I once attended an Evensong service at London’s Westminster Abbey. People have been worshipping there for a thousand years. My chair was beside a pillar decorated with a bust of poet and painter William Blake.
Blake claimed imagination was God’s greatest gift to humans.
I was right near the graves of Rudyard Kipling, D.H. Lawrence, Dickens, Byron and Keats. What would it have been like to attend Westminster Abbey in the company of such literary greats? Dickens once said people can be at peace with themselves if they have tried to be gentle, merciful and forgiving- desiring to love both neighbour and enemy.
The worship hour began with the choir’s soprano soloist singing My Soul Doth Magnify the Lord. As I listened to her voice soar up into the rafters I couldn’t help but remember Elton John filling Westminster Abbey with his song about England’s Rose at Lady Diana’s funeral.
The service went quickly. We rose and sat and kneeled. We said the Lord’s Prayer and the Nicene Creed. The rector read the story of Joshua from the Old Testament and then prayed for each member of the royal family. No doubt despite their wealth and notoriety, or perhaps because of it, they need God’s grace and guidance as much as any of us do.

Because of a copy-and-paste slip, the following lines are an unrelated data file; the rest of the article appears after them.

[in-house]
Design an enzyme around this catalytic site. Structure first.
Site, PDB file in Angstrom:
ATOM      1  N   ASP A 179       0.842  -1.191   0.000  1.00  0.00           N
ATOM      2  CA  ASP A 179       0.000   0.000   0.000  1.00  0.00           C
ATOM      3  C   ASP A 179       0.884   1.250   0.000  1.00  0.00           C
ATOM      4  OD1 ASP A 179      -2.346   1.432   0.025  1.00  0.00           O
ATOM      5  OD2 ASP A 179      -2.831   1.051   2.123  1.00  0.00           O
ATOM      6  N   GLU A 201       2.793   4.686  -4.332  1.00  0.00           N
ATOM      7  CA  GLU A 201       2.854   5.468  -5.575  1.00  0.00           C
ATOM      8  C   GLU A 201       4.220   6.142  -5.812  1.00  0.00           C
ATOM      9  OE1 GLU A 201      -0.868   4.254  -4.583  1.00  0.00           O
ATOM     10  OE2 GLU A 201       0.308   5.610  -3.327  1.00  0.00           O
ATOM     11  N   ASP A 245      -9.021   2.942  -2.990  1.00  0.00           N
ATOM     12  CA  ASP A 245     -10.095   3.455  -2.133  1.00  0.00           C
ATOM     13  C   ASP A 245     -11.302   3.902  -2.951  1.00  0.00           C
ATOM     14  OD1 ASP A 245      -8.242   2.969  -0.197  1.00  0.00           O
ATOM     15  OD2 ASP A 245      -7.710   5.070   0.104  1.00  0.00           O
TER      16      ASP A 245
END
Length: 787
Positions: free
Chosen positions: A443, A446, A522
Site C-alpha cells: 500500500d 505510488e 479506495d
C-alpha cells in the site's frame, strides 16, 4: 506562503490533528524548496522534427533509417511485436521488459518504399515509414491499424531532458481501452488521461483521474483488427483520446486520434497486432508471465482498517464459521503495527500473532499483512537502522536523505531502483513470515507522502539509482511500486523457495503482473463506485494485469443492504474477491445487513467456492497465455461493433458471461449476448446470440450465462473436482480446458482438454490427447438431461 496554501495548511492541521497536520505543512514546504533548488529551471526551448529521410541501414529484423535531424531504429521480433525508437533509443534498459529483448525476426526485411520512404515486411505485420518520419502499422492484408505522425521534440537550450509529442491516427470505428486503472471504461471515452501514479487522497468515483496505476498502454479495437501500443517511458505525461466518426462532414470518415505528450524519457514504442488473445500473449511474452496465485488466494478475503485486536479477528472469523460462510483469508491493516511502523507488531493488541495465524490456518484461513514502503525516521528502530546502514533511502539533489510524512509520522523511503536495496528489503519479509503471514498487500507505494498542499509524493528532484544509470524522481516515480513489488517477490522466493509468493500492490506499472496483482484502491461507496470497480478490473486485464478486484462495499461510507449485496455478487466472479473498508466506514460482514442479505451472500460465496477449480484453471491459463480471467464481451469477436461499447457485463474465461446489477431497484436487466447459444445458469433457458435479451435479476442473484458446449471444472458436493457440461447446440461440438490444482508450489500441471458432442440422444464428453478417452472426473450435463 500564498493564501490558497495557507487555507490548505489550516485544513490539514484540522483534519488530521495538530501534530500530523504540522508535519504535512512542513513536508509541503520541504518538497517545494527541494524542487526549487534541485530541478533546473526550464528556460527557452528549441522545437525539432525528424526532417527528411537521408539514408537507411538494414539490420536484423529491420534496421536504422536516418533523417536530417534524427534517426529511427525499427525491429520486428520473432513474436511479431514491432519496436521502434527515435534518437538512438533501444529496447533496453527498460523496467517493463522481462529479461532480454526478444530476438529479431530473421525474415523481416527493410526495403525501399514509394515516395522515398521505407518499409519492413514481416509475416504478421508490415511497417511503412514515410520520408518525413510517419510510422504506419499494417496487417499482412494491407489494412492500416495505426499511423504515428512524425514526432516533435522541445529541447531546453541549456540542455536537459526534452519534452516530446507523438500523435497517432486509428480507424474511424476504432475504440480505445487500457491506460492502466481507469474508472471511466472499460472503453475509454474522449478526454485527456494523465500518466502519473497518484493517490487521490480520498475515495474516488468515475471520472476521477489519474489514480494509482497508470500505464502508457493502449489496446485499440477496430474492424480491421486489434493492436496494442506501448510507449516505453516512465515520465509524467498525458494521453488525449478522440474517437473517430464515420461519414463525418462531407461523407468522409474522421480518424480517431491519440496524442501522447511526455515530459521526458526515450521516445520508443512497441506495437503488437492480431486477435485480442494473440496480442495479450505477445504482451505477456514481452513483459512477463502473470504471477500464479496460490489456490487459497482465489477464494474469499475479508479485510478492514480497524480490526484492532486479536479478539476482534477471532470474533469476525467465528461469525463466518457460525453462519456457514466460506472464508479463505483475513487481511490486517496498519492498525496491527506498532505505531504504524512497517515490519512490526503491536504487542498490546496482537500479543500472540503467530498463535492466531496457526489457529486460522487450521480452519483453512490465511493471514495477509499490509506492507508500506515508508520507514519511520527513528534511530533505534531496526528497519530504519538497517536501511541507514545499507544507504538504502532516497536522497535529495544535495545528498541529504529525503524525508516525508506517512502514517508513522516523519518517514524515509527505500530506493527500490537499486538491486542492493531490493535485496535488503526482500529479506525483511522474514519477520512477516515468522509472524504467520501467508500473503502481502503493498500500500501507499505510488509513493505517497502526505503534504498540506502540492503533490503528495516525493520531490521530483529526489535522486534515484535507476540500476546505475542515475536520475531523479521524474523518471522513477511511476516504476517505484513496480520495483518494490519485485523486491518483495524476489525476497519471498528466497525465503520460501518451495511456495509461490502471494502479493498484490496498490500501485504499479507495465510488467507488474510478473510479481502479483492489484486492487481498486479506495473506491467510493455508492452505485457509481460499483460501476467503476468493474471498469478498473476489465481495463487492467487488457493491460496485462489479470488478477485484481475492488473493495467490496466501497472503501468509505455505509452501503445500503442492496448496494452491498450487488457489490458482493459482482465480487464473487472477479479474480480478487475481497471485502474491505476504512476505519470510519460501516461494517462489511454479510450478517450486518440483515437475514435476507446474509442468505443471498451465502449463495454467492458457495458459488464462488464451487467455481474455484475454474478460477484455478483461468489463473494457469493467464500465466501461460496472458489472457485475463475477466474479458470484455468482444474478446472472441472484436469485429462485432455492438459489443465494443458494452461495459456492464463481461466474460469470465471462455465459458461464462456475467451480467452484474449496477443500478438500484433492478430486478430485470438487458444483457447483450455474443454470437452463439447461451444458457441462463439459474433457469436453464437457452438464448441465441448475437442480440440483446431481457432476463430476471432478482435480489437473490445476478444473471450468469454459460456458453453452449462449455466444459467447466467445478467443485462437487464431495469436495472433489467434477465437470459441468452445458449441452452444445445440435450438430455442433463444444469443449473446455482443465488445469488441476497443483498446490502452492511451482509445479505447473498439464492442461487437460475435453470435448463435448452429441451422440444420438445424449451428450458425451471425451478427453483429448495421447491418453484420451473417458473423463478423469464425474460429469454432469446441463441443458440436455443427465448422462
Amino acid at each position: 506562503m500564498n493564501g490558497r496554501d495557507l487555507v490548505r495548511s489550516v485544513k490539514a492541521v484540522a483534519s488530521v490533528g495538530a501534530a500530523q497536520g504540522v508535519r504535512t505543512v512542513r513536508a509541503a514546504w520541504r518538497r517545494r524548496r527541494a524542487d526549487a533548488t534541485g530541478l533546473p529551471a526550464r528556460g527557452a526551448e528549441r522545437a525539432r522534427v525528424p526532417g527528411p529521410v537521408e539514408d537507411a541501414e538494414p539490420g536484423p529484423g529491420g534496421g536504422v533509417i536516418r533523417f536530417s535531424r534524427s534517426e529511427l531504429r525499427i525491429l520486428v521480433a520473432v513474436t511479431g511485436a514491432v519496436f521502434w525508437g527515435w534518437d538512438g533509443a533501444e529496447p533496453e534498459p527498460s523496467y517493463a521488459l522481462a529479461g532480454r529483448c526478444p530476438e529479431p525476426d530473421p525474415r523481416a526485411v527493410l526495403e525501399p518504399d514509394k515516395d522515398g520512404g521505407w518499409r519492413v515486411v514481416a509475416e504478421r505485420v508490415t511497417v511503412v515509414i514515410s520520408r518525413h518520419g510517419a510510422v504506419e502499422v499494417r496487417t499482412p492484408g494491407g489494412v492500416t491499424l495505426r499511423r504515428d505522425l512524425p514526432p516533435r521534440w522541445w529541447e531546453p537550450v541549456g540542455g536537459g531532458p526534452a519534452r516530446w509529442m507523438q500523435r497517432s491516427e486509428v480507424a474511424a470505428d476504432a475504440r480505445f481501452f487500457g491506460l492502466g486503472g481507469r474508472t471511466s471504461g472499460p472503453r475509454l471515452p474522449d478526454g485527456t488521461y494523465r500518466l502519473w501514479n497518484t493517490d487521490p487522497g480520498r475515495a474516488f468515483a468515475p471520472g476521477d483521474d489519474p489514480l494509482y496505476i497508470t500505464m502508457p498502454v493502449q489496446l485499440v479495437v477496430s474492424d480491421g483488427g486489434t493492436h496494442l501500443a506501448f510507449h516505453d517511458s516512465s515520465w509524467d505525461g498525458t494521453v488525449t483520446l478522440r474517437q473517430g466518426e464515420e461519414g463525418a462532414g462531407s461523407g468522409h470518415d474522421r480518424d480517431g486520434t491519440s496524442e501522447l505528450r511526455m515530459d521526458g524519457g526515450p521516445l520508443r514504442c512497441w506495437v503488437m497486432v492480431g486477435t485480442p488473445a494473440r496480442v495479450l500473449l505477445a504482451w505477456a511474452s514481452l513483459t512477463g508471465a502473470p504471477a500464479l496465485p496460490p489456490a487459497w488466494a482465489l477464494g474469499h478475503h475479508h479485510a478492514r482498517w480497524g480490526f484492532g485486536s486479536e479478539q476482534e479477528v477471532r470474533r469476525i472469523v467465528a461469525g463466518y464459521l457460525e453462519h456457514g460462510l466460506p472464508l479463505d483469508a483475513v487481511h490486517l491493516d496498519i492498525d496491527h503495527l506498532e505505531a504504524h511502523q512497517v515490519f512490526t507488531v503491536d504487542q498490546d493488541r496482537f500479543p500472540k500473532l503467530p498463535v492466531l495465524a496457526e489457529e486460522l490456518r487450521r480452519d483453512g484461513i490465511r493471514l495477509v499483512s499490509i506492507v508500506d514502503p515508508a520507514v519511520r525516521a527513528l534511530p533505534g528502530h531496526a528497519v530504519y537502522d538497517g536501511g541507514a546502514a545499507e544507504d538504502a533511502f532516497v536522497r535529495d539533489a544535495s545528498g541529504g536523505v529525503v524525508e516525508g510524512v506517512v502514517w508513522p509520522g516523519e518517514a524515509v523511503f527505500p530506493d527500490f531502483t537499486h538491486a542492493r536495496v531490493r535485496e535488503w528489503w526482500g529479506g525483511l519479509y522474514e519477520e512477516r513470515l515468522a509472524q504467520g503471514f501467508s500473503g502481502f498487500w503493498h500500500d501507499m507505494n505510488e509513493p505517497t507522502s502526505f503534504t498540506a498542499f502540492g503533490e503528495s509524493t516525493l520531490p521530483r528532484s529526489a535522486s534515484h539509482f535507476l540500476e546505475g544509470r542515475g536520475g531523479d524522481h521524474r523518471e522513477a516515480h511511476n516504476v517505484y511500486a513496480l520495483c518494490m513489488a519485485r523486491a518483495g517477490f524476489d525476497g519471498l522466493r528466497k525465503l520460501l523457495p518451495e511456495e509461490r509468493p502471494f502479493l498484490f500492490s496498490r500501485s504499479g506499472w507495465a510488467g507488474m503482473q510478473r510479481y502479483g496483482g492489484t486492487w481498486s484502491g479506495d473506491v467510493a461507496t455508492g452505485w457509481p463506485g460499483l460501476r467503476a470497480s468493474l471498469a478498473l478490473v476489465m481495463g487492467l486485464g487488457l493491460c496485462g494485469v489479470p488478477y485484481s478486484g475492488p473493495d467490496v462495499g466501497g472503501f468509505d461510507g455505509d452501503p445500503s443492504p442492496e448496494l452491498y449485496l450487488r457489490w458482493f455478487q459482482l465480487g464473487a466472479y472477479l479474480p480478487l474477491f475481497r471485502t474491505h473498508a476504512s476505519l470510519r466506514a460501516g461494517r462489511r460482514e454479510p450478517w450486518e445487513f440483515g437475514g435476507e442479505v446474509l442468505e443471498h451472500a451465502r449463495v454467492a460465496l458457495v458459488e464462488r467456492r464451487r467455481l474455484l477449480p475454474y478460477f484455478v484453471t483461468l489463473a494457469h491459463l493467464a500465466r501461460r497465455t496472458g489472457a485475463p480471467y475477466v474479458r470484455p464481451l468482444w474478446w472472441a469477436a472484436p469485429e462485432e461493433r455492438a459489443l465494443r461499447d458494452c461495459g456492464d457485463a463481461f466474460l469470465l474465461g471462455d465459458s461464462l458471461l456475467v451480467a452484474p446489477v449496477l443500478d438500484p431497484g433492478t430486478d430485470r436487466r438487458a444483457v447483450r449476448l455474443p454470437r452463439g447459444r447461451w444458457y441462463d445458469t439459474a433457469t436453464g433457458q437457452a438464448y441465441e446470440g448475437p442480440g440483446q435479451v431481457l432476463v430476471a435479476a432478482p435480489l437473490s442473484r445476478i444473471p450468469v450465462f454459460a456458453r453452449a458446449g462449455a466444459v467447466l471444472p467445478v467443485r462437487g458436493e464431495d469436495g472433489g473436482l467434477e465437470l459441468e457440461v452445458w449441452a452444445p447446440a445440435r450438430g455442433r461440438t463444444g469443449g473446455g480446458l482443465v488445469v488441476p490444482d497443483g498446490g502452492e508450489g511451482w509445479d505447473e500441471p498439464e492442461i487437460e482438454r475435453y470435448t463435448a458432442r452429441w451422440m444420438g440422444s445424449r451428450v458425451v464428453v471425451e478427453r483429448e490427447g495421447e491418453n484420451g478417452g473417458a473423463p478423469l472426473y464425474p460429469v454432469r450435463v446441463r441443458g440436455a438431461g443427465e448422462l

I walked out of the sanctuary past the graves of the first Queen Elizabeth and her sister, who was also a queen and known fondly as Bloody Mary. The siblings were archenemies in life, but they rest in peace in Westminster Abbey beside each other for all eternity.
Just before I stepped out the door I looked down and found my feet firmly planted on Charles Darwin’s tombstone. It seems ironic that Darwin whose evolutionary ideas so many churches have railed against is buried in the world’s oldest and most famous church.
As I exited the wrought iron gates around Westminster Abbey I looked at the blessing engraved on the outer wall of the church.
To the living-grace
To the dead-rest
To the world- peace
I quietly whispered- Amen.
Other posts about churches…….